Toronto’s newest piece of public art is a massive bronze sculpture of a circus elephant, fashioned from used leather furniture.
The Art Gallery of Ontario has unveiled its first-ever public art commission, dubbed “Couch Monster” and described as “a poetic tribute to the plight of creatures in captivity.”
It is the first large-scale work in bronze by contemporary British Columbia artist Brian Jungen, known for turning everyday objects into works of art, such as plastic chairs he assembled into a skeleton of whale.
The new sculpture is five and a half meters long and four meters high and is located near the entrance to the museum, at the former location of Henry Moore’s Large Two Forms (1966-1969).
The AGO indicates that it will be accompanied by a descriptive panel written in Anishinaabemowin and English.
Jungen, of European and Danish descent, says he was inspired by the story of Jumbo, a captive circus elephant killed in 1885 by a train in St. Thomas, Ontario.
The work bears a Dane-zaa subtitle, “Sadz yaaghhch’ill”, which translates to “my heart is tearing”.
“As with leather sofas, the more people engage in the work, the more the patina of the bronze will change over time,” Jungen said in a statement Monday.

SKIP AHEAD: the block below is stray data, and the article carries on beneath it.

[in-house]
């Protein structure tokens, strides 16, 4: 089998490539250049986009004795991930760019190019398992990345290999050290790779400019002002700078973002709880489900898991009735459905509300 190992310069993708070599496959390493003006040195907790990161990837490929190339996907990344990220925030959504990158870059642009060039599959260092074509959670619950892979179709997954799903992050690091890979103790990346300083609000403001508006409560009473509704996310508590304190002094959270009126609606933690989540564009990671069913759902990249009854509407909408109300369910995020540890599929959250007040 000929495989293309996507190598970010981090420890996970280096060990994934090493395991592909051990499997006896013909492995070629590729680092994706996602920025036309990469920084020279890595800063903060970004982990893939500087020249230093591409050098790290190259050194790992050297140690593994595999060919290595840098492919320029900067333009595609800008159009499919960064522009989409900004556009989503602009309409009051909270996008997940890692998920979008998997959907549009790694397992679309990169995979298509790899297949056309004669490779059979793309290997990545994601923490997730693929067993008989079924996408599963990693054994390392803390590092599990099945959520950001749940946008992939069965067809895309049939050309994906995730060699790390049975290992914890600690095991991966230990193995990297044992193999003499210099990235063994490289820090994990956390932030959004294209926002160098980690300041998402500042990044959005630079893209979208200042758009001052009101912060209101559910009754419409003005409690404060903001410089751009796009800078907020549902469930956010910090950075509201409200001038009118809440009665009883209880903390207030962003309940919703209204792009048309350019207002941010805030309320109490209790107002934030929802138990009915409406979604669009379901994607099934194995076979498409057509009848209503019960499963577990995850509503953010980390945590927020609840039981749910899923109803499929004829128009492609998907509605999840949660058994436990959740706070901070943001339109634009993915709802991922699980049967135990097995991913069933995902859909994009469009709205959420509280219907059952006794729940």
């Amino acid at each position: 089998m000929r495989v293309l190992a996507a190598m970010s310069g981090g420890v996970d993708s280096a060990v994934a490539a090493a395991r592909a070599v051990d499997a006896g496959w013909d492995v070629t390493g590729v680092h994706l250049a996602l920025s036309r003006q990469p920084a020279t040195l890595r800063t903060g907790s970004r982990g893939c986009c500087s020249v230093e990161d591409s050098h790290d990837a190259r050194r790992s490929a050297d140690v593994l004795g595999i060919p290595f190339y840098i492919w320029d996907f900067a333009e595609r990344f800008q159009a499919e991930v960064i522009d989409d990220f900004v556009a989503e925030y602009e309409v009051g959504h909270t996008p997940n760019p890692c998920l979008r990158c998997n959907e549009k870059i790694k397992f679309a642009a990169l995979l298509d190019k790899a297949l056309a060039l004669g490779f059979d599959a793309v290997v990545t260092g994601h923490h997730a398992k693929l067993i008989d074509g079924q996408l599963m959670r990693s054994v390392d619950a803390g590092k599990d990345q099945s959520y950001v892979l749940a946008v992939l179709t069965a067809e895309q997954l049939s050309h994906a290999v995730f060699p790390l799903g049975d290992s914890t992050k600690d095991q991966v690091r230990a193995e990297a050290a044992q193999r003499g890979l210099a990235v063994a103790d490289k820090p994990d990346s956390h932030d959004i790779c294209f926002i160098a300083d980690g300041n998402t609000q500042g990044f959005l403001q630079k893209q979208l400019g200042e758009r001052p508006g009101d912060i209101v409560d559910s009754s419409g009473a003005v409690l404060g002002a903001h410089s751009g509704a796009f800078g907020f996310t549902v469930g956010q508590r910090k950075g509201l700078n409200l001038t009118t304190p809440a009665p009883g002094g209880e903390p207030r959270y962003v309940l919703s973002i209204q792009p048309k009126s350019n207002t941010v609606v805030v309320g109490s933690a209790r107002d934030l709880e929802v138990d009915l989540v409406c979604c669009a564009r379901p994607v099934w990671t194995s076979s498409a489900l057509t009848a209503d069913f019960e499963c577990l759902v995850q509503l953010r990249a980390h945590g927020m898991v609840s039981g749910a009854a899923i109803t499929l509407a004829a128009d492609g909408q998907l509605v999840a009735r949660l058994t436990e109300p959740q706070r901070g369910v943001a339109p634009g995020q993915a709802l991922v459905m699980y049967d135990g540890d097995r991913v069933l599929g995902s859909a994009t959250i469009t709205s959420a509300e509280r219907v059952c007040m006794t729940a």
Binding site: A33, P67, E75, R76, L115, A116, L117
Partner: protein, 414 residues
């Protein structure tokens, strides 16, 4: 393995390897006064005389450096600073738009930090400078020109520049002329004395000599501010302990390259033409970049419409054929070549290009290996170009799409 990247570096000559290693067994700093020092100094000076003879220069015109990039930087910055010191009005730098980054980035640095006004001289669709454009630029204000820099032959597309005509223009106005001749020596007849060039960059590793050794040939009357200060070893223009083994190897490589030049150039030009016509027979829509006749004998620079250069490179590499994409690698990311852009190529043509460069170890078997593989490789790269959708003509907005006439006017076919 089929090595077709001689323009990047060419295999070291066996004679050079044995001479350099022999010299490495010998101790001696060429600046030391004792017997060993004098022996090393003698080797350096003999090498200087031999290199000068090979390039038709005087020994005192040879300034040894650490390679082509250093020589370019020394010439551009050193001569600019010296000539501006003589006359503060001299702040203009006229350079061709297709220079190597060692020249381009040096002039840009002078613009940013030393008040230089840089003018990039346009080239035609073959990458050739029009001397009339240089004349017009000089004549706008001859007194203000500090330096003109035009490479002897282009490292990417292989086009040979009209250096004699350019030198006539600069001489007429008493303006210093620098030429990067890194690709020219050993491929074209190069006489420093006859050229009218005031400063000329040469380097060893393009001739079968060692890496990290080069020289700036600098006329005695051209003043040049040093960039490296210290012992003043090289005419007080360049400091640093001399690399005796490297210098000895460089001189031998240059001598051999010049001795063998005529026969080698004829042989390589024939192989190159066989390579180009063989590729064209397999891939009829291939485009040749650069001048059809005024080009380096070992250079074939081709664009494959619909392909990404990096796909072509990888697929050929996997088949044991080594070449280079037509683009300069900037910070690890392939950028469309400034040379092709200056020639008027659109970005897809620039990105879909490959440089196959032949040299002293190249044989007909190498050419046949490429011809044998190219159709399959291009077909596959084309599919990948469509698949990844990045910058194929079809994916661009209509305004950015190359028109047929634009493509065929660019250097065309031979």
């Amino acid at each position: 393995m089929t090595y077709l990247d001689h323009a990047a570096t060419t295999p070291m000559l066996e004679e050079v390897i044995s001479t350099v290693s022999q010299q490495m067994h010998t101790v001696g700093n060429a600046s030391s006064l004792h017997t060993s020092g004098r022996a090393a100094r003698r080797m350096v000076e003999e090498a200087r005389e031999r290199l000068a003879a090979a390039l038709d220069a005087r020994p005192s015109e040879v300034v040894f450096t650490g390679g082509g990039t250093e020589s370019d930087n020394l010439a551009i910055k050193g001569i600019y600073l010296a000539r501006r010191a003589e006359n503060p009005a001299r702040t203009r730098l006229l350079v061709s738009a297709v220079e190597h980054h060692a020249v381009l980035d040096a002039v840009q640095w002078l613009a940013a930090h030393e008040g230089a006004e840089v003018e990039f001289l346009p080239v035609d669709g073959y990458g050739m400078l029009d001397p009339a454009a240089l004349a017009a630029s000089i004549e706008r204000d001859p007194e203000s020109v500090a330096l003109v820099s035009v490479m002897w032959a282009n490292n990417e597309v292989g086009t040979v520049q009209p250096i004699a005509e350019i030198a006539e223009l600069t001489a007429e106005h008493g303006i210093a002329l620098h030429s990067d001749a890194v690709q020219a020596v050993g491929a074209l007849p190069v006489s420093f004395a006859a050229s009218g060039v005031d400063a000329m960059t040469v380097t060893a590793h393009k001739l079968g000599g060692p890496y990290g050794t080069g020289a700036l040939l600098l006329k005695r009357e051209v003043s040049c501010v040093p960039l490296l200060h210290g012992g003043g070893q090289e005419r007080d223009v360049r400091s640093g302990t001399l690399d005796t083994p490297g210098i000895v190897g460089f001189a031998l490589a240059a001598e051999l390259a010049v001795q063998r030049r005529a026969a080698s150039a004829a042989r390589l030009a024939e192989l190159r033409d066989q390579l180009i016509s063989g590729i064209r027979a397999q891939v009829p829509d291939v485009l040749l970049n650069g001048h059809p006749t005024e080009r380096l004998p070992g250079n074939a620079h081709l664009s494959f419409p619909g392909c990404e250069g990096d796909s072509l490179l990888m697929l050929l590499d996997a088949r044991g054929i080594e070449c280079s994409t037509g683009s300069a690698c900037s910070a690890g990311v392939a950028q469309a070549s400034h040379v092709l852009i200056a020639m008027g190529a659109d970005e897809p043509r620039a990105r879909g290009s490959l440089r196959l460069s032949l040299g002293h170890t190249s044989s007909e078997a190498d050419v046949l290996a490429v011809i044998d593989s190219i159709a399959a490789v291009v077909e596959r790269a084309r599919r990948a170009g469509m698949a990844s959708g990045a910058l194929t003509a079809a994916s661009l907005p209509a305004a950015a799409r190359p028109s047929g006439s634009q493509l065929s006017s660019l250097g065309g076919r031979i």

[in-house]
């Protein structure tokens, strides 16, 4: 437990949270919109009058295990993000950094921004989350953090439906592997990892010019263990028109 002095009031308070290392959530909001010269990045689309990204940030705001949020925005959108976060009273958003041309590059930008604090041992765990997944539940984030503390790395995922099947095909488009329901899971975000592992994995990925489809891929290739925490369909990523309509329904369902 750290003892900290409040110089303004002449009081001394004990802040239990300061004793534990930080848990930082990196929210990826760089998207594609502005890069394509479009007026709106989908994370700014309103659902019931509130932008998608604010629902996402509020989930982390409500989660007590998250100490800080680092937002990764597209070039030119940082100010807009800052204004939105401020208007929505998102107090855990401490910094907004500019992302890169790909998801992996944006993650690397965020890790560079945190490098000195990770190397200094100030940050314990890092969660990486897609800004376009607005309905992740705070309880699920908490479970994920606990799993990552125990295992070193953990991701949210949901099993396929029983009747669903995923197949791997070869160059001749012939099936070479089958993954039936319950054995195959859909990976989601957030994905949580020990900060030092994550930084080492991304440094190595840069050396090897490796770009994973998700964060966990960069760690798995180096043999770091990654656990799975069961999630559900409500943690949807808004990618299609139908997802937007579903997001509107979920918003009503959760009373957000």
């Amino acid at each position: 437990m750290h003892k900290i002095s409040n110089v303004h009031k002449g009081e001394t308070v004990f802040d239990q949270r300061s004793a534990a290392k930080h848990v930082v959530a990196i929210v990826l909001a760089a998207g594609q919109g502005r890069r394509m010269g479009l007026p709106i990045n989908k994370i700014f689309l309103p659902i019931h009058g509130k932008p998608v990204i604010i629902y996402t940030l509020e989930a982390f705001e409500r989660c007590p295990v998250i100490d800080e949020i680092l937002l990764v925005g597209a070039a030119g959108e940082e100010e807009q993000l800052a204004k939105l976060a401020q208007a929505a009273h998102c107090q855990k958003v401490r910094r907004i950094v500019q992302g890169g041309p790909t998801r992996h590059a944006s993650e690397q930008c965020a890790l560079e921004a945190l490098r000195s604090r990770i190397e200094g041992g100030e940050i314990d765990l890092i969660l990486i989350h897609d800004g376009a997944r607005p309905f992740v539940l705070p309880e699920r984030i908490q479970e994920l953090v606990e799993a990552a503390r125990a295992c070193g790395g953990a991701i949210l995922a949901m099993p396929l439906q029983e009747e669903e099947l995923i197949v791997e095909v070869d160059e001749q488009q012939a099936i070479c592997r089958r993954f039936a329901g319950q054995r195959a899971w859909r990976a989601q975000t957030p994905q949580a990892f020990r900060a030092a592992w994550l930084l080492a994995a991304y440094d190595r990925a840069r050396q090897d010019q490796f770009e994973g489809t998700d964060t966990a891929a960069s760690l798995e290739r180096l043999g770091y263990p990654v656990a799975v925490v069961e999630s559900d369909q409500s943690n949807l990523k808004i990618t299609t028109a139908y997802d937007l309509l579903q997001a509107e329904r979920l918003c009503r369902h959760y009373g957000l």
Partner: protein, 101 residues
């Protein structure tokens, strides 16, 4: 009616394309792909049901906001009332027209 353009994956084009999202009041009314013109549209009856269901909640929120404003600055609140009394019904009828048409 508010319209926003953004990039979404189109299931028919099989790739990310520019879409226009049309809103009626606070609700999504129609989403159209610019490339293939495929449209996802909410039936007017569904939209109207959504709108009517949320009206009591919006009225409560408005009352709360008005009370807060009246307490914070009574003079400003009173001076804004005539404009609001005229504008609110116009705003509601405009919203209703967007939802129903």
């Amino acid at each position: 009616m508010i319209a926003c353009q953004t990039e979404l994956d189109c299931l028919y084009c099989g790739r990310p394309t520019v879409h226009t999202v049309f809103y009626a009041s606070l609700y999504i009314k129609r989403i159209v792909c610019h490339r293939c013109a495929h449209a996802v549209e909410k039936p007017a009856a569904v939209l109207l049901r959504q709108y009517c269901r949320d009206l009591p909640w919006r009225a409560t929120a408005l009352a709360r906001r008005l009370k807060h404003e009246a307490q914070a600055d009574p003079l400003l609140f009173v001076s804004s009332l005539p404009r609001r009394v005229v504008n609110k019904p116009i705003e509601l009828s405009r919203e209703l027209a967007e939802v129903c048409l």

“I want people to really bask, explore and embrace this Couch Monster – it’s yours and I’m so excited to see it living here for years to come.”
Gallery CEO Stephan Jost said Jungen’s sculpture “will continue to shape this environment for years to come”.
“Monumental public art has made Dundas and McCaul a Canadian landmark, and Brian Jungen’s ambitious new work reaffirms that intersection in the global art world,” Jost said in a statement Monday.
Funding came from private donors and government partners, including the federal government, the Federal Economic Development Agency for Southern Ontario (FedDev Ontario) and the Canada Council for the Arts.
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